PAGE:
In addition to the fines, Ecology is requiring Goodrich to complete engineering reports that will direct the company's environmental improvement operations, properly treat and dispose of all dangerous wastes, and work closely with Ecology on the facility's environmental improvements.
Ecolab to Pay $583,000 in Penalties and Correct Violations Concerning Improper Application and Control of Pesticides
Connecticut’s Department of Environmental Protection (DEP) announced a settlement with Ecolab under which the company will pay $583,000 in fines and penalties and take steps to bring its use of pesticides into compliance with state law.
Under terms of a Consent Order with DEP, Ecolab will:
- Take all steps necessary to comply with laws and regulations governing the application and control of pesticides
- Pay a civil penalty of $145,750
- Contribute $437,250 to fund three environmental education initiatives
DEP took action against Ecolab as the result of violations in the use of pesticides that occurred at restaurants and hotels across the state during 2005. The violations involved improper applications of various pesticides; failure to oversee the work of employees with properly certified supervisors; and inadequate or inaccurate recordkeeping. DEP said the violations did not result in significant health risks to the public due to direct or significant exposure of food to pesticides.
DEP Commissioner Gina McCarthy said, "Given the nature of pesticides and the risks they pose, our state laws and regulations carefully spell out how they must be used, how employees must be supervised, and what kinds of records must be kept. Ecolab did not comply with these requirements."
"This settlement with Ecolab makes it clear that the DEP is very serious about our responsibility to carefully regulate the use of pesticides,” Commissioner McCarthy said. "We will use much of the money from this settlement to improve practices in this industry and to build greater understanding of the need to handle pesticides with care. We appreciate the willingness of Ecolab to enter into this agreement with us and avoid costly litigation. We also recognize that the company is committed to improving its business practices and remaining in compliance with Connecticut’s regulations."
The $437,250 in contributions Ecolab will make to environmental education initiatives will consist of three programs estimated to cost $145,750 each. They include:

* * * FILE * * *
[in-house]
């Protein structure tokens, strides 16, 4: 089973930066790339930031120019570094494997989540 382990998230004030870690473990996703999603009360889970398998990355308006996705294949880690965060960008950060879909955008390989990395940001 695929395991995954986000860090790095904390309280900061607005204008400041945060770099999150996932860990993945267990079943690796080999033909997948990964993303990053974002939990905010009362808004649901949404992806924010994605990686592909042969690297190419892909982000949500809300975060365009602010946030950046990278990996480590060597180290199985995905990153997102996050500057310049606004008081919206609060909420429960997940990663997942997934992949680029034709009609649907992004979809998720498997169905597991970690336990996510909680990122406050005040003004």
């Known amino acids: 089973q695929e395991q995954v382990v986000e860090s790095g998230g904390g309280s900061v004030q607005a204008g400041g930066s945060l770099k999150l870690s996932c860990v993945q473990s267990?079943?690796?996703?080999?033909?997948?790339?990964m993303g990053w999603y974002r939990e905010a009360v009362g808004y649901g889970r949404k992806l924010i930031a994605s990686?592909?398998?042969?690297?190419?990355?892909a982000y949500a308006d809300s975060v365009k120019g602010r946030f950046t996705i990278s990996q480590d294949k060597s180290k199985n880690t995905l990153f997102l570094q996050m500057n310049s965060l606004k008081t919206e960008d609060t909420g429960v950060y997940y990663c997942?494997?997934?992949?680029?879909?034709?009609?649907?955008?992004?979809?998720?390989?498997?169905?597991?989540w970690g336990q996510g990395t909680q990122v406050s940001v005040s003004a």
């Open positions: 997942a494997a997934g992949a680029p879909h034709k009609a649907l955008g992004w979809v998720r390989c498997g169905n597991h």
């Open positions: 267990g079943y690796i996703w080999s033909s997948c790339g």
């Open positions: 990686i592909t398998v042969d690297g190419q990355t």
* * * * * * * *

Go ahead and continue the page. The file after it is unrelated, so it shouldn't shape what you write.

- Sponsoring and organizing no fewer than ten training sessions for people certified to apply or supervise the application of pesticides in Connecticut. Ecolab will arrange these sessions—to be held over a five-year period—which will consist of lectures and/or lab sessions focused on teaching modern methods of pest control with an emphasis on integrated pest management techniques. This method can reduce the total volume of pesticides used to keep pest populations at or below accepted levels.
- Sponsoring and organizing pesticide disposal days for schools, day care centers, municipalities, and farms over the next five years. Ecolab will arrange for a properly licensed business to assist these entities in disposing of outdated pesticides or pesticide that are no longer wanted. The funds will be used to promote and operate this disposal program.
- A contribution to the Invasive Species Fund maintained by DEP. This fund is used by DEP to study and develop appropriate strategies to combat the spread of nonnative plant species in Connecticut.
The Consent Order between DEP and Ecolab includes provisions for the company to report on its progress in implementing the programs it will be funding. The order also requires Ecolab to pay additional civil penalties if it fails to implement any of the three educational initiatives.
California Settles with Cummins Engine for $1.1 Million for Diesel Engine Emissions
The California Air Resources Board (ARB) announced today that Cummins Engine Company, manufacturer of heavy duty diesel engines, has paid $1,092,500 for allegedly violating its 1998 settlement agreement with ARB to perform clean air projects and certify its engines to reduce smog-forming emissions such as NOx (oxides of nitrogen).
"We are very pleased that Cummins is taking steps to reduce excess emissions from the heavy duty engines in question and that they are cooperating by instituting recalls and retiring emissions credits," said ARB Executive Officer Catherine Witherspoon.
Among the violations of the 1998 settlement agreement, ARB alleges that Cummins obtained state certification for 11,600 heavy duty engines equipped with emission control systems that did not meet emissions requirements, omitted 26,347 engines from eligibility for the Low NOx Rebuild (Chip Reflash) program, and failed to complete work on and to submit reports for agreed-upon emission reduction projects in a timely manner. ARB investigated these violations jointly with U.S. EPA, which entered parallel agreements to settle these violations.
In addition to paying more than $ 1 million in penalties, Cummins is required to recall the 11,600 engines nationwide that did not meet state emissions requirements. In addition, Cummins will retire emissions credits from further use. (Emissions credits are a market mechanism, created to help industries meet various emissions standards; they are bought, sold, and traded by refineries, power plants, and other emissions sources.) Cummins is reimbursing 979 NOx tons to the United States and to California through ARB to compensate for the excess tons generated by the prohibited emission control devices and 1,042 tons of NOx for its noncompliance with the earlier settlement agreement.